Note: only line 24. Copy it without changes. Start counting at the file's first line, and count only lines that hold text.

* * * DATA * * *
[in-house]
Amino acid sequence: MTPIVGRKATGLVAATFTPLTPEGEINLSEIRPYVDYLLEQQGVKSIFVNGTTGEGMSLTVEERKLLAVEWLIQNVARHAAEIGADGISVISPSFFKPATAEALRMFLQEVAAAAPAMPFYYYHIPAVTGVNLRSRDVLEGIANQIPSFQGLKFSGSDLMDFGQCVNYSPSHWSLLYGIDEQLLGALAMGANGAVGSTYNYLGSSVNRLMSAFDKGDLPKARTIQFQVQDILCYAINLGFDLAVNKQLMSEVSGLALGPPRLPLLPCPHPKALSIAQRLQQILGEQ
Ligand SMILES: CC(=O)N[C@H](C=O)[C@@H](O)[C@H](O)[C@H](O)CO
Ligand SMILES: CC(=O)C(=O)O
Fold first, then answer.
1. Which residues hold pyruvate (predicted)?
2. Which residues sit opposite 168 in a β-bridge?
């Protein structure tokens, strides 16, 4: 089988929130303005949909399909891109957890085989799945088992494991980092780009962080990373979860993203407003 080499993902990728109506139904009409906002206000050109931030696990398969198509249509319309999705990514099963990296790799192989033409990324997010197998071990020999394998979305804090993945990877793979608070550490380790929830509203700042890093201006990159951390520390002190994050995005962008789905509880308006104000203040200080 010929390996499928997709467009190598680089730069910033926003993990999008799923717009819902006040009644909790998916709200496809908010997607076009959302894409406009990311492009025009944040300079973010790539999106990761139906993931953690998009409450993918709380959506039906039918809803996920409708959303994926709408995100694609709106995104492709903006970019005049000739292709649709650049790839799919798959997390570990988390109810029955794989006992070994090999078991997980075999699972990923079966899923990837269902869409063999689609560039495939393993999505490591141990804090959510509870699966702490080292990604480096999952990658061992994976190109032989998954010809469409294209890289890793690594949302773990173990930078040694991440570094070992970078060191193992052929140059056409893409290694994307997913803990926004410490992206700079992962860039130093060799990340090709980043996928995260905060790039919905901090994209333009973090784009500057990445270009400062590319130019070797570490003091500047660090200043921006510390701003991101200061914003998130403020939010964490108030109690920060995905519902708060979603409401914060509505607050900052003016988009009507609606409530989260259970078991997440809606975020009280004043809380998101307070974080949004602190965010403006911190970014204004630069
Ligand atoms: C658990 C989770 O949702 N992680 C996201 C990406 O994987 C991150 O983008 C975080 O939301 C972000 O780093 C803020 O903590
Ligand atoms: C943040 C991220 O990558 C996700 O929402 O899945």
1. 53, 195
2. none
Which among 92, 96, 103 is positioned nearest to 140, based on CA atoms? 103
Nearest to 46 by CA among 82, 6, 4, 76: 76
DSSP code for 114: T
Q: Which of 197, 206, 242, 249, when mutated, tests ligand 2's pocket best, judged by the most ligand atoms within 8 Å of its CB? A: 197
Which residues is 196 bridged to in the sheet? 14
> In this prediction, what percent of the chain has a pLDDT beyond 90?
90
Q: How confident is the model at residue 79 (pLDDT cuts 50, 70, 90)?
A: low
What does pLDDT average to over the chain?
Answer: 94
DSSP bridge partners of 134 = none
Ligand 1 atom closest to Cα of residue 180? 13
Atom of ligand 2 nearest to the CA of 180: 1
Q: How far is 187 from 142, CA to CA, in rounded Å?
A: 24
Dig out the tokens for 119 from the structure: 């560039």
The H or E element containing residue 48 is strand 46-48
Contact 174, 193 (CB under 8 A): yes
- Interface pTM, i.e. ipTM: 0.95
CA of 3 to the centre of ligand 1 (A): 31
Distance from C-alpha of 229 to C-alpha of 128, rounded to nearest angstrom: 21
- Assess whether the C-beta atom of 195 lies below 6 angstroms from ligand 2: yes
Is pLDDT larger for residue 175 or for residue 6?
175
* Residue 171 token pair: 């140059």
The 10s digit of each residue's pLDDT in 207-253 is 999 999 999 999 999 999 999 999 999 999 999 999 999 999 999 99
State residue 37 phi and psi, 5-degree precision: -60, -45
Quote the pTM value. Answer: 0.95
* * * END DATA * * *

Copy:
DSSP bridge partners of 134 = none